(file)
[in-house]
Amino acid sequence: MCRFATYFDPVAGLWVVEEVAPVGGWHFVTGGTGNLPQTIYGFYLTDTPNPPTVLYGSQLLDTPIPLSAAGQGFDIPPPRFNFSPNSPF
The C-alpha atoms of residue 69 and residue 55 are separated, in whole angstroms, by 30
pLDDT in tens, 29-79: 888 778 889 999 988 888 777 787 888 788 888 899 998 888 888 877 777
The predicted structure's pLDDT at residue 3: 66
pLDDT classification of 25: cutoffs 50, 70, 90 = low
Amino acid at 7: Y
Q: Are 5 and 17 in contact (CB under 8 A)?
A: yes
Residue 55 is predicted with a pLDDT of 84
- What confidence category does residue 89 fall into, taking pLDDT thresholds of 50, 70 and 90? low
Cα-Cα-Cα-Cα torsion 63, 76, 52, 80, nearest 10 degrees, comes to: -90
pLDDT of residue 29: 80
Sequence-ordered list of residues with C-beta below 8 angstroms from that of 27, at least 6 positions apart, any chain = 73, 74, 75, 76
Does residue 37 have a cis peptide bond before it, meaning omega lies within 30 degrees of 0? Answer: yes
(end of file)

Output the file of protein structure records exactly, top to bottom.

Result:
[in-house]
Amino acid sequence: MCRFATYFDPVAGLWVVEEVAPVGGWHFVTGGTGNLPQTIYGFYLTDTPNPPTVLYGSQLLDTPIPLSAAGQGFDIPPPRFNFSPNSPF
The C-alpha atoms of residue 69 and residue 55 are separated, in whole angstroms, by 30
pLDDT in tens, 29-79: 888 778 889 999 988 888 777 787 888 788 888 899 998 888 888 877 777
The predicted structure's pLDDT at residue 3: 66
pLDDT classification of 25: cutoffs 50, 70, 90 = low
Amino acid at 7: Y
Q: Are 5 and 17 in contact (CB under 8 A)?
A: yes
Residue 55 is predicted with a pLDDT of 84
- What confidence category does residue 89 fall into, taking pLDDT thresholds of 50, 70 and 90? low
Cα-Cα-Cα-Cα torsion 63, 76, 52, 80, nearest 10 degrees, comes to: -90
pLDDT of residue 29: 80
Sequence-ordered list of residues with C-beta below 8 angstroms from that of 27, at least 6 positions apart, any chain = 73, 74, 75, 76
Does residue 37 have a cis peptide bond before it, meaning omega lies within 30 degrees of 0? Answer: yes